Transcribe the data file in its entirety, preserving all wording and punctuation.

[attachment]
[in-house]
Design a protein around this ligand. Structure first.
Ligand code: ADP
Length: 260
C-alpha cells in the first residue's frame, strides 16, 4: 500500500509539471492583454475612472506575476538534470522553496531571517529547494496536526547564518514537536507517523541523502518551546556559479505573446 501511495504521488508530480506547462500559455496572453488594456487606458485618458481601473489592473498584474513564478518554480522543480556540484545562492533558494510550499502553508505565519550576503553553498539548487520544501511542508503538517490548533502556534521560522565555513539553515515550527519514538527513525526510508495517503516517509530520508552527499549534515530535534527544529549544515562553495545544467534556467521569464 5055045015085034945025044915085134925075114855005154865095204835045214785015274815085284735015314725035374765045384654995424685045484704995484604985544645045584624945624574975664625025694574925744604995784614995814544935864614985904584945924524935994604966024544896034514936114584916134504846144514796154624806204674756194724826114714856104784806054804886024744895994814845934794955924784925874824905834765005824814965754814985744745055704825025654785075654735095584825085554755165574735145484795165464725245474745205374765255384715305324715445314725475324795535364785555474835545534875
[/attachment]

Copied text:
[in-house]
Design a protein around this ligand. Structure first.
Ligand code: ADP
Length: 260
C-alpha cells in the first residue's frame, strides 16, 4: 500500500509539471492583454475612472506575476538534470522553496531571517529547494496536526547564518514537536507517523541523502518551546556559479505573446 501511495504521488508530480506547462500559455496572453488594456487606458485618458481601473489592473498584474513564478518554480522543480556540484545562492533558494510550499502553508505565519550576503553553498539548487520544501511542508503538517490548533502556534521560522565555513539553515515550527519514538527513525526510508495517503516517509530520508552527499549534515530535534527544529549544515562553495545544467534556467521569464 5055045015085034945025044915085134925075114855005154865095204835045214785015274815085284735015314725035374765045384654995424685045484704995484604985544645045584624945624574975664625025694574925744604995784614995814544935864614985904584945924524935994604966024544896034514936114584916134504846144514796154624806204674756194724826114714856104784806054804886024744895994814845934794955924784925874824905834765005824814965754814985744745055704825025654785075654735095584825085554755165574735145484795165464725245474745205374765255384715305324715445314725475324795535364785555474835545534875